By: Vanessa Uy
The working title of this article should have been “Please, For The Love Of God Tell Me Who Invented Radio!” If you’re among the sorry, countless individuals who thought that Marconi solely invented radio, this article is not for you. For those with a passing interest for Nikola Tesla, you would find this either enlightening or a bit humbling. So without further ado, let me take you on a journey.of exploration.
Our story starts in the latter half of the 19th Century. The chaps, most of them from the United States, have a very interesting story on how they invented radio. One of them is Nathan B. Stubblefield of Murray, Kentucky. He began working on experiments and devices related to radio as early as 1892. His notable public demonstrations, like the one he performed on May 30, 1902 did not go unnoticed by serious publications and journals like Scientific American. But today this Murray, Kentucky native is a relative unknown to anyone not from his hometown.
At about the same time, Dr. Mahlon Loomis created a crude tuned-antenna circuit. Despite his prolific genius, he never received the grant he sought from congress. If he did, the invention of radio might have advanced a few decades. Even in Virginia, Dr. Loomis is probably known only to history buffs.
Two electricians that are being conveniently left out by the Tesla advocates are Oliver Lodge, whose patent anticipated Tesla’s in 1898 and John S. Stone, a month earlier than Tesla in 1900.
In 1880, Alexander Graham Bell created a device called a photophone. It worked by using a voice signal to modulate a light beam, but this was never more than a technological object d’art exhibited at world fairs. It’s the same principle behind fiber optic laser telecommunications.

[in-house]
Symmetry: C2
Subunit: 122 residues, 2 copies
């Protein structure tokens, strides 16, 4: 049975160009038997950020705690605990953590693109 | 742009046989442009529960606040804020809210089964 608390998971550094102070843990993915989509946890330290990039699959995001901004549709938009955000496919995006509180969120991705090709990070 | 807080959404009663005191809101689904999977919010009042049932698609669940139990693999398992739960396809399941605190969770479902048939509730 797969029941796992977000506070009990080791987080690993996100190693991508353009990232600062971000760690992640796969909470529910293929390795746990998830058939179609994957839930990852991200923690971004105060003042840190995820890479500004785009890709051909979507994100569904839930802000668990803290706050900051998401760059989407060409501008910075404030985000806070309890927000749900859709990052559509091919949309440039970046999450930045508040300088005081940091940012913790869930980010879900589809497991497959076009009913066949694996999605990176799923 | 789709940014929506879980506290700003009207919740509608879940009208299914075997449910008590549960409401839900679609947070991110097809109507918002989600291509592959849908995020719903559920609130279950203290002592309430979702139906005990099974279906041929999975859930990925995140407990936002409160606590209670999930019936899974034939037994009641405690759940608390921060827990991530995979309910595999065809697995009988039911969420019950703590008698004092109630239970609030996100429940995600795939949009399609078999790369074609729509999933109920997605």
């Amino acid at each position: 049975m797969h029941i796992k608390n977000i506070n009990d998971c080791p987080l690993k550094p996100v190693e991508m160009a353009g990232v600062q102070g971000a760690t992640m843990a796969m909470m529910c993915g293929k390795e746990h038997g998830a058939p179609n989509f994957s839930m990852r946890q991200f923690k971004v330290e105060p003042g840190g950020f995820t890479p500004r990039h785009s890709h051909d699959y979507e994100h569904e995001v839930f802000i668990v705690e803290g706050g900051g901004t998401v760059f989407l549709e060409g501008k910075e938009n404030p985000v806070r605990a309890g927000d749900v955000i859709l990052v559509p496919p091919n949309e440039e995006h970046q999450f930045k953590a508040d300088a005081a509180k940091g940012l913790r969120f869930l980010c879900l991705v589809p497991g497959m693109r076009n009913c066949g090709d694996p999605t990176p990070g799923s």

One of more significance was the wireless telephone patented in 1886 by Amos Emerson Dolebear, a physics professor who demonstrated it publicly in the United States, Canada, and Europe. At about the same time, John Trowbridge at Harvard was doing extensive experiments in both induction and earth-or water-conduction wireless apparatus. Thomas Edison, the noted superstar inventor and de facto anti Tesla, developed wireless telegraph / telephone systems to communicate with moving trains during the 1880’s. Granville Woods and Lucius Phelps also developed a similar wireless communication system.
A chap called Alexandr Popov, who the Russians claimed invented radio, is also a viable candidate. When the former Soviet Union launched one of her first space probes to explore the far side of the moon. A crater was named after him.
When the United States Supreme Court entered into “The Great Radio Controversy” in October of 1942. A can of worms was opened, luckily its influence only affects history academics and Tesla fans. Though the invention of the radio had long been famously attributed to Gugliemo Marconi, the Supreme Court justices were intrigued by patents and scientific publications which pointed to Nikola Tesla as radio’s true creator. In June of 1943, the Court decided that Nikola Tesla had, in fact, invented modern radio technology. They ruled that Marconi’s patent were invalid and had been “anticipated.” Tesla was vindicated-though far from victorious. Some five months before, alone and destitute in a New York hotel room, the great inventor had passed away. His papers and notes were confiscated by the United States Alien Property Office, and are now housed in the Nikola Tesla Museum in Belgrade, Yugoslavia. I hope to visit there someday.
It’s not easy, but basing on existing proof. I pick Nikola Tesla as the true inventor of radio. To me Stubblefield, Loomis, and Lodge, as well as the others mentioned still await more proof in order to rise above their present status as mere “hometown heroes.” Which is also the similar predicament of Alexandr Popov.
Despite having a heavy metal band named in his honor and being portrayed by David Bowie in the magic show movie called “The Prestige”, Tesla is still a relatively unknown genius even today. Ask most accomplished electrical / electronics engineers today about who invented radio and most of them will answer “Marconi.” It’s one of those things that make you a bit sad, doesn’t it?